Contested Rate Increase Heads to Appeals

Oregon Insurance Division defends process past and present
The Lund Report
March 31, 2011 -- The Oregon Court of Appeals will revisit today one of the largest health insurance rate increases to hit Oregon consumers, a 26 percent average hike on Regence individual plan holders nearly three years ago.
Attorney and former state senator Charlie Ringo, representing Regence plan holder Karen Kirsch in the case, said he will argue that regulators did not fully apply state law, which bars unreasonable rate increases.
Ringo will repeat arguments he laid out in an administrative law hearing last year, that actuaries in the Oregon Insurance Division were overruled by the director of the Department of Consumer and Business Services, at the time Cory Streisinger, which oversees the Division.
“The non-legal argument is the decision was made for political reasons,” said Ringo, who plans to ask the court to set up some sort of “rate reserve fund” to benefit consumers. A decision is not expected for another nine months.
“It’s important the Insurance Division applies the standards and the statutes that are in place,” Ringo said. “The Division has been very remiss in the way it applies the statute. Like all organizations if they are not held accountable they tend to get sloppy. They need to be diligent.”
Attorneys for the Oregon Department of Justice will argue that DCBS acted appropriately, there was no undue influence and the rate increase was justified, according to a brief submitted in the case.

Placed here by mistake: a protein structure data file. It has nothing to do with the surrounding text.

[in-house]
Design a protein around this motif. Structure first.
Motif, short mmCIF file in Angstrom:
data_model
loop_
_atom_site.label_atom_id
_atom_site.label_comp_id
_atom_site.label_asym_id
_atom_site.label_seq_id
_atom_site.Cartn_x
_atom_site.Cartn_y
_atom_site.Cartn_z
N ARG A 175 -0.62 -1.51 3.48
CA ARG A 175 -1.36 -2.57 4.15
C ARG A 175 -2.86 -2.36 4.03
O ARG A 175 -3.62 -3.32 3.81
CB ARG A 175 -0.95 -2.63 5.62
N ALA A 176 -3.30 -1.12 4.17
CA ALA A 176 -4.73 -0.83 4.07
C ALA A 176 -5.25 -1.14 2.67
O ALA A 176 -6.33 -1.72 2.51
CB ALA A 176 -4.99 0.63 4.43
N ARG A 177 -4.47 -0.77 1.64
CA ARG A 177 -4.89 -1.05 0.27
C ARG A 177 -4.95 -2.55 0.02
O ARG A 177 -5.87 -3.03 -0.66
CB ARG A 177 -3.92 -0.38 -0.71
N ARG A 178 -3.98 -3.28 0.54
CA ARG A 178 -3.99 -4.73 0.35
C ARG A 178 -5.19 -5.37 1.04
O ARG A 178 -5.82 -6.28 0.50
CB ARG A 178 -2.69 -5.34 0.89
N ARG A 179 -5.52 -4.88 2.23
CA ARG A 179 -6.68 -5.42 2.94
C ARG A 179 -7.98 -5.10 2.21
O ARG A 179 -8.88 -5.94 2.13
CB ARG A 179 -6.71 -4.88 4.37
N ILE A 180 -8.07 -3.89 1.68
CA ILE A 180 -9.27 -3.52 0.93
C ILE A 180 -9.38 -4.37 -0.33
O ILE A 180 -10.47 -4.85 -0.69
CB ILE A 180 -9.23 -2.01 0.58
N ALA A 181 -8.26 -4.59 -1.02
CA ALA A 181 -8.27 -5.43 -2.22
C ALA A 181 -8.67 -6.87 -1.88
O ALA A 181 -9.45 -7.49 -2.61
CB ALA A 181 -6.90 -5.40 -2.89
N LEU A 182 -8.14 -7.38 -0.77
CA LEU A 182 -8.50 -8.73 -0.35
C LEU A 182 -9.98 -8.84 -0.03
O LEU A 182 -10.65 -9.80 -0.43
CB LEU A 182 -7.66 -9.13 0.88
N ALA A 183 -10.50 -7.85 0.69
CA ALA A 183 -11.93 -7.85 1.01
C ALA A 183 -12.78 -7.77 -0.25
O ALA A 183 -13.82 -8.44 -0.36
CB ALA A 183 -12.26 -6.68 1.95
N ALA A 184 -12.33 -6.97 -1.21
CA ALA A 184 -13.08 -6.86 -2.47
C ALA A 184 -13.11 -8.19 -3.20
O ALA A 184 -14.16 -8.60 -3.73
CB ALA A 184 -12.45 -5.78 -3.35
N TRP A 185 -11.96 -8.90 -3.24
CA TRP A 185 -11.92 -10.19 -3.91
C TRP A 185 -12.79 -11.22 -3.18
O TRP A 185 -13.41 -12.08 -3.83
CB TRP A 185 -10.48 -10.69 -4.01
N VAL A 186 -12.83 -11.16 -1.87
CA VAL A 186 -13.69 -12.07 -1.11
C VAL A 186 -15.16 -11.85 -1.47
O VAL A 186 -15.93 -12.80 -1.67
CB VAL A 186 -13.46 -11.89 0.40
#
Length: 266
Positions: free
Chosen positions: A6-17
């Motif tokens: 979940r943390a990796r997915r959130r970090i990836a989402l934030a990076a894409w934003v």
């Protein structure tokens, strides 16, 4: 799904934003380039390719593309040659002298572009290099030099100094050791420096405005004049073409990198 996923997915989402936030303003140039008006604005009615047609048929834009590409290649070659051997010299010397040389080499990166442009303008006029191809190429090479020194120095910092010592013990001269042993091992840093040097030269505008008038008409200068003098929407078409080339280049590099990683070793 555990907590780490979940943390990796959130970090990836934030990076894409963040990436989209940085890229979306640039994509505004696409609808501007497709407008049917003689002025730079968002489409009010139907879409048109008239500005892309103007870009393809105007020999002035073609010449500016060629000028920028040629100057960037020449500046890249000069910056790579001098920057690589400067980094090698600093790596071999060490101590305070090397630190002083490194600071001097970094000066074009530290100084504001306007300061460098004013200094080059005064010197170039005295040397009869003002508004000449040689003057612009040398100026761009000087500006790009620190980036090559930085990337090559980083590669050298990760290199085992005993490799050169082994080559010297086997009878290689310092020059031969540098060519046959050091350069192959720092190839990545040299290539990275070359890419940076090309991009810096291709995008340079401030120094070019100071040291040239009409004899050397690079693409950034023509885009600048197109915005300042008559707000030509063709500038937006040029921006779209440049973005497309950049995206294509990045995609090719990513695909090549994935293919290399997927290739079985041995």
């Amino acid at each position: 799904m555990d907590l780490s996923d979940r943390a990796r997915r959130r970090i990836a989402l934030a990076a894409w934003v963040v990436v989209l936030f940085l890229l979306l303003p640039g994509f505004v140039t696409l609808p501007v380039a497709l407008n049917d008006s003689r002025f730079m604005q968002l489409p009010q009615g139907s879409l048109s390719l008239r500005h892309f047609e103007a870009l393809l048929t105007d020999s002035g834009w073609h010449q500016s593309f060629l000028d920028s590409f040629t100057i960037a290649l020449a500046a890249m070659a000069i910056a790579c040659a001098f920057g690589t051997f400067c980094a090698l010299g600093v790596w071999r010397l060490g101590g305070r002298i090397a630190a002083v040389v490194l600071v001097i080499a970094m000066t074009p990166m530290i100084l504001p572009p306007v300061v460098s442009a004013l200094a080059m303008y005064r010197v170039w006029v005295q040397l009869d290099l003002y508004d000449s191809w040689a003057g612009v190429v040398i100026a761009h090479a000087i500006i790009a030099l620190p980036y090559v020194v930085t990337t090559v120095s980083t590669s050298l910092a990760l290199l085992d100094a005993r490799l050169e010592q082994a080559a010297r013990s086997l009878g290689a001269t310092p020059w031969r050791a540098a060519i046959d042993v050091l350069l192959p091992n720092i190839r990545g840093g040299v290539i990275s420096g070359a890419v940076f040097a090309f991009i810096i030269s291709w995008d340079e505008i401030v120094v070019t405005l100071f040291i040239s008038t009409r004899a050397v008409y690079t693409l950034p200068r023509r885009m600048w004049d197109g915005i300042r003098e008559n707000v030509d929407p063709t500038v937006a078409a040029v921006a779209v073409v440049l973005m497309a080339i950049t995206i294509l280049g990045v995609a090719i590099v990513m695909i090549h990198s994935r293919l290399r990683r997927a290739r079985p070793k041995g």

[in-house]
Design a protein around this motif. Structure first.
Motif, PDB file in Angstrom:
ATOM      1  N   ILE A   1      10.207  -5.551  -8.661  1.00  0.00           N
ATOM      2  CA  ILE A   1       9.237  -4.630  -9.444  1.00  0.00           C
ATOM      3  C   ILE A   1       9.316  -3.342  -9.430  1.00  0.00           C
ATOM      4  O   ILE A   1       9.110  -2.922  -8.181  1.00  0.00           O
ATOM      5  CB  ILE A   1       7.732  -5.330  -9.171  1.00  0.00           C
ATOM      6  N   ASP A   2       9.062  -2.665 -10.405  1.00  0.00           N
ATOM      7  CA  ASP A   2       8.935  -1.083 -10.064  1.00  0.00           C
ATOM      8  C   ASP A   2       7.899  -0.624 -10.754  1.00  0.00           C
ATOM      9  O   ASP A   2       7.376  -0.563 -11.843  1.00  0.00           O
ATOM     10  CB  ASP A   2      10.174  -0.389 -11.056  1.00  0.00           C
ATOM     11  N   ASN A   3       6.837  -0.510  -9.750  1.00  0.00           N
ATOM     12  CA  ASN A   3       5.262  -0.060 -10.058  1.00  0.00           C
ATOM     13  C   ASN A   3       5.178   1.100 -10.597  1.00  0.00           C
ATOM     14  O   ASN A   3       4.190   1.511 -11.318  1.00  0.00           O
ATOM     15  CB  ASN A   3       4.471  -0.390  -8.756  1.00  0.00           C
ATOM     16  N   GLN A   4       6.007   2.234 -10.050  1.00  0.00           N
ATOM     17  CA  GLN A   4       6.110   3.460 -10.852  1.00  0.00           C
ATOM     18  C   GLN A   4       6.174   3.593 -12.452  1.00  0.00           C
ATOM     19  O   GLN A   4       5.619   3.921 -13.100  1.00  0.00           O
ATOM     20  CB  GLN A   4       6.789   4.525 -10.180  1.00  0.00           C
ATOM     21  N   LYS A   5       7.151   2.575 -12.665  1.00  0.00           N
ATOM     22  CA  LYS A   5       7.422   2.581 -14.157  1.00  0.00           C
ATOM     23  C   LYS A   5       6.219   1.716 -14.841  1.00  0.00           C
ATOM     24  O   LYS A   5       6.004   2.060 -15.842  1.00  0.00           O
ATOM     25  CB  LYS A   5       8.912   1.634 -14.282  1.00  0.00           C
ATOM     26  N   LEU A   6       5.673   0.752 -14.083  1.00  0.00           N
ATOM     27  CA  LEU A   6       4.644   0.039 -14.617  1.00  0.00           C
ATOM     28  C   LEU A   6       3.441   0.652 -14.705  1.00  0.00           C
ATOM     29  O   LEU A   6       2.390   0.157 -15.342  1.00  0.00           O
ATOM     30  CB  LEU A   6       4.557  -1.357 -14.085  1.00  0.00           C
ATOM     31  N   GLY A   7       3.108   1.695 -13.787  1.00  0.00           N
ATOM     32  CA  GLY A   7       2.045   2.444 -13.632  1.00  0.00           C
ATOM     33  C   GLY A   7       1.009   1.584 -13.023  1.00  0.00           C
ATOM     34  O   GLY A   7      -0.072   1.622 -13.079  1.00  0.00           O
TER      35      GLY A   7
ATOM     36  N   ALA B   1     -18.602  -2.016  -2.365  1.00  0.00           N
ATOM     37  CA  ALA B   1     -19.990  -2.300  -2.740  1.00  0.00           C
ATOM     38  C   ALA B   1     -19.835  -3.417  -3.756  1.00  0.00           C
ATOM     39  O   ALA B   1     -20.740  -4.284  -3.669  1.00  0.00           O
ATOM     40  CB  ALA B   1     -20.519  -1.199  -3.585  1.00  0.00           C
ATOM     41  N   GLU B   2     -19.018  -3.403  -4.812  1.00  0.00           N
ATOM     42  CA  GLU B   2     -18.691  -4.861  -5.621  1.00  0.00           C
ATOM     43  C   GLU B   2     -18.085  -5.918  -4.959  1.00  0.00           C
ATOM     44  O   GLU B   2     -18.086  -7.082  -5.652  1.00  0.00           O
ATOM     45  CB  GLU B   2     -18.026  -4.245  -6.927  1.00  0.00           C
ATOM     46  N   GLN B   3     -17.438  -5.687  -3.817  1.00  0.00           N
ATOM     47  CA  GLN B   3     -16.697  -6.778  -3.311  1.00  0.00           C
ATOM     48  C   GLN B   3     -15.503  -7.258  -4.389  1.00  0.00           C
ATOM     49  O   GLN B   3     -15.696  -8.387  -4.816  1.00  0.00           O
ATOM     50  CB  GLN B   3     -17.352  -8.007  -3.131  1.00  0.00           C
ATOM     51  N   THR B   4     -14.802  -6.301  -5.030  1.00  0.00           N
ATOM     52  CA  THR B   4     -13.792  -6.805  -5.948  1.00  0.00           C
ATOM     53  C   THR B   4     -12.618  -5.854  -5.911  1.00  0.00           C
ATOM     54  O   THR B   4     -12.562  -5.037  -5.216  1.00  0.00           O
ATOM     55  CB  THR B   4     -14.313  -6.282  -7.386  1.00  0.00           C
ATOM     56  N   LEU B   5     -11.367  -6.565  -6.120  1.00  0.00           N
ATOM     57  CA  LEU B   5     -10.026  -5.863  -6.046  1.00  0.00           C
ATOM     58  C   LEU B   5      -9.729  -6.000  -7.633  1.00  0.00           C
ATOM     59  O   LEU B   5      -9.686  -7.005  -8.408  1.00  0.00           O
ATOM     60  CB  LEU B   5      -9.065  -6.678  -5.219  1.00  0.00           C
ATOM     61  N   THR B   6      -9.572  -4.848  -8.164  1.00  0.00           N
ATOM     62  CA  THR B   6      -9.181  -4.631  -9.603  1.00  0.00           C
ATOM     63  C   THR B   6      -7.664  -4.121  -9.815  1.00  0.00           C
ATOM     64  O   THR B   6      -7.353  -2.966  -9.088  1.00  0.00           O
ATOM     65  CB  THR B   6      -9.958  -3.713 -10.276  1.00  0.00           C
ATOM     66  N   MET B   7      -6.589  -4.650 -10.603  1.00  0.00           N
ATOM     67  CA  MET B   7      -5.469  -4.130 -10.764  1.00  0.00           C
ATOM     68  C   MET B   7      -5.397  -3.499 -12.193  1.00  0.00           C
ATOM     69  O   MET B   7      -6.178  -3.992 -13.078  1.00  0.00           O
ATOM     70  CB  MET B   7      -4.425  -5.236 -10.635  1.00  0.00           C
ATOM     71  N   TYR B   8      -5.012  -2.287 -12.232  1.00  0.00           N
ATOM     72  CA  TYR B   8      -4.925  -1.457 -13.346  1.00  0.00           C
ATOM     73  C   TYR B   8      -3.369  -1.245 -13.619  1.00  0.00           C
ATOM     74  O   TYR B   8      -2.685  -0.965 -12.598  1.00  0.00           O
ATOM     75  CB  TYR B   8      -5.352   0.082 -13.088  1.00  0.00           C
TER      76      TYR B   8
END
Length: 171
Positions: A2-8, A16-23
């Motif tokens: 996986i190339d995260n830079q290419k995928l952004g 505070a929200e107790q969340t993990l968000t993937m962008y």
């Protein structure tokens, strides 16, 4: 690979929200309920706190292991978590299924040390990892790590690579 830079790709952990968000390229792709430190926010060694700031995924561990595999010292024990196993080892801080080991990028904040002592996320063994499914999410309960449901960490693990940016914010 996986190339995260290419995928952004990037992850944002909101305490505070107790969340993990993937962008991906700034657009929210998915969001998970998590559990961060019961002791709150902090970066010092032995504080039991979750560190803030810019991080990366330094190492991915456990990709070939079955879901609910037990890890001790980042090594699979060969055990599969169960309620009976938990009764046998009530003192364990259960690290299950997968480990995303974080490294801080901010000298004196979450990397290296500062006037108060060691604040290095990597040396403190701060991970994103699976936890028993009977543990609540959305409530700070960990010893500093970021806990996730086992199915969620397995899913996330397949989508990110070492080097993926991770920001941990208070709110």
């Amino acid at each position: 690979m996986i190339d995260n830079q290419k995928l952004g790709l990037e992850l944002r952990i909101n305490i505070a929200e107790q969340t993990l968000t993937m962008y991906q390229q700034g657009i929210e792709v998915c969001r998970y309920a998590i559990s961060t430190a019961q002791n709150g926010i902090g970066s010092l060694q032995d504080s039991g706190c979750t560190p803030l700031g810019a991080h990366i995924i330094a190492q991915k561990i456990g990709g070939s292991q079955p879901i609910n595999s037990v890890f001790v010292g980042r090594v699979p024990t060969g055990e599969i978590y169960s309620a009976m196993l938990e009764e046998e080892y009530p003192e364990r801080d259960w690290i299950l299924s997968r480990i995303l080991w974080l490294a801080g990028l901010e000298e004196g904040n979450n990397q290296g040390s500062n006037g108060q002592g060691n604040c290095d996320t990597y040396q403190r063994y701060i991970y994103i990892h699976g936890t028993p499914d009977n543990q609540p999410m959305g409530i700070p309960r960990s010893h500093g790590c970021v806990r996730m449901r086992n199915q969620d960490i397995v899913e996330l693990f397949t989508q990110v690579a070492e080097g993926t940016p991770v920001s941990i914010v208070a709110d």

Ringo said today’s rate review process is dysfunctional. “We don’t have any meaningful rate review right now. I know that based on the documents I’ve seen and the testimony in our contested rate hearing.”
Cheryl Martinis, Insurance Division spokeswoman, disagreed. Martinis and Division Administrator Teresa Miller have said Oregon’s insurance rate review process is one of the strongest in the country.
“Our rate review process has changed pretty significantly since the Kirsch hearing,” Martinis said. “We didn’t have a 30-day comment period. It’s far more open now, and we’ve hired a consumer group (for expert commentary). It’s changed quite a bit since that time.”

Recent rate requests

The Division has scaled back several recent rate requests from insurers including a 16.8 percent proposed increase on United HealthGroup small employer plans reduced to 10 percent and an 8.7 percent requested increase by HealthNet on small group plans lowered to 7.52 percent. The Oregon State Public Interest Research Group said those reductions saved consumers around $5.5 million.
In addition, Martinis said the Division has spent $150,000 from a federal grant to hire a consultant firm from Dallas, Texas – L&E Actuaries – for ideas on how to use the rate review process to lower medical costs. As it stands now, the Division has little control over what insurers spend on claims.
Questions for study include whether the Division should require insurers to spend more money on primary care, similar to a law in Rhode Island. “Many people think that helps provide better care at lower costs,” Martinis said. “Should we reject rate increases if provider costs go up more than a certain percent each year? Should we reject rate requests if contracts with providers cover ‘never events?’”
Recently submitted rate increase requests include a 10.8 percent average increase on Regence small group plans and a 10.26 percent increase on ODS small employer groups. The vast majority of those rate increases account for medical claims, Martinis said.
“We don’t have any control of provider contracts,” Martinis said. “We don’t have the tools to affect that, but it doesn’t mean there may not be way to influence those negotiations.”
The results of the study will be too late to apply to a bill in this year’s legislative session, however, concepts may come up for future consideration.

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